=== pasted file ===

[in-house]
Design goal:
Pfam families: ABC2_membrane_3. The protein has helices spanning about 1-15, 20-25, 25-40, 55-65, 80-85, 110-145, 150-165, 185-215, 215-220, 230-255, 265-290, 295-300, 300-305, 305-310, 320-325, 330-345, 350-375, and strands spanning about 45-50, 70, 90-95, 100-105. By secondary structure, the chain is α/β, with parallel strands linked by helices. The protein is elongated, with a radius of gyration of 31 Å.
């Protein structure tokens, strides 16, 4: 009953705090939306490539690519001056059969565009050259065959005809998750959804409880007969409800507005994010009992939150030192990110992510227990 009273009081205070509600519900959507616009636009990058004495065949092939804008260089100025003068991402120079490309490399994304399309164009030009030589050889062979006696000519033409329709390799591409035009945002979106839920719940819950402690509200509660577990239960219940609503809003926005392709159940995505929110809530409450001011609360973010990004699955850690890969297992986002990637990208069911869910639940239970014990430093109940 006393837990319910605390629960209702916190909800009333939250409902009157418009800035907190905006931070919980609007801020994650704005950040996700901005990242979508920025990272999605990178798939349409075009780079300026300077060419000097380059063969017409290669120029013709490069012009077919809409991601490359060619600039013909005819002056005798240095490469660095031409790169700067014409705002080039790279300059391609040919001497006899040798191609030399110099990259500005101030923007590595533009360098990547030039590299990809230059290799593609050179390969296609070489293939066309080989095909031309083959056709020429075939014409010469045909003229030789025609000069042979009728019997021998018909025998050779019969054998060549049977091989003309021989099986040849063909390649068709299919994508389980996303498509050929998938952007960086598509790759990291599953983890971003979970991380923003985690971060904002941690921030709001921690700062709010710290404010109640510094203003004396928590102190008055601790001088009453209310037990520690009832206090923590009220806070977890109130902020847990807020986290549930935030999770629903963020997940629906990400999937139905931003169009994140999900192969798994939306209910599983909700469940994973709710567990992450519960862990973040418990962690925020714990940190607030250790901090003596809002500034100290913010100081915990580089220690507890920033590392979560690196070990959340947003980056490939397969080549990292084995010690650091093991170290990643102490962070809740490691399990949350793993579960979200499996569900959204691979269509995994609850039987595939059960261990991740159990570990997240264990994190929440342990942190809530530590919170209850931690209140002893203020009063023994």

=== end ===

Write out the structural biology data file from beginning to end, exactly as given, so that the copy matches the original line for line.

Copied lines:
[in-house]
Design goal:
Pfam families: ABC2_membrane_3. The protein has helices spanning about 1-15, 20-25, 25-40, 55-65, 80-85, 110-145, 150-165, 185-215, 215-220, 230-255, 265-290, 295-300, 300-305, 305-310, 320-325, 330-345, 350-375, and strands spanning about 45-50, 70, 90-95, 100-105. By secondary structure, the chain is α/β, with parallel strands linked by helices. The protein is elongated, with a radius of gyration of 31 Å.
């Protein structure tokens, strides 16, 4: 009953705090939306490539690519001056059969565009050259065959005809998750959804409880007969409800507005994010009992939150030192990110992510227990 009273009081205070509600519900959507616009636009990058004495065949092939804008260089100025003068991402120079490309490399994304399309164009030009030589050889062979006696000519033409329709390799591409035009945002979106839920719940819950402690509200509660577990239960219940609503809003926005392709159940995505929110809530409450001011609360973010990004699955850690890969297992986002990637990208069911869910639940239970014990430093109940 006393837990319910605390629960209702916190909800009333939250409902009157418009800035907190905006931070919980609007801020994650704005950040996700901005990242979508920025990272999605990178798939349409075009780079300026300077060419000097380059063969017409290669120029013709490069012009077919809409991601490359060619600039013909005819002056005798240095490469660095031409790169700067014409705002080039790279300059391609040919001497006899040798191609030399110099990259500005101030923007590595533009360098990547030039590299990809230059290799593609050179390969296609070489293939066309080989095909031309083959056709020429075939014409010469045909003229030789025609000069042979009728019997021998018909025998050779019969054998060549049977091989003309021989099986040849063909390649068709299919994508389980996303498509050929998938952007960086598509790759990291599953983890971003979970991380923003985690971060904002941690921030709001921690700062709010710290404010109640510094203003004396928590102190008055601790001088009453209310037990520690009832206090923590009220806070977890109130902020847990807020986290549930935030999770629903963020997940629906990400999937139905931003169009994140999900192969798994939306209910599983909700469940994973709710567990992450519960862990973040418990962690925020714990940190607030250790901090003596809002500034100290913010100081915990580089220690507890920033590392979560690196070990959340947003980056490939397969080549990292084995010690650091093991170290990643102490962070809740490691399990949350793993579960979200499996569900959204691979269509995994609850039987595939059960261990991740159990570990997240264990994190929440342990942190809530530590919170209850931690209140002893203020009063023994």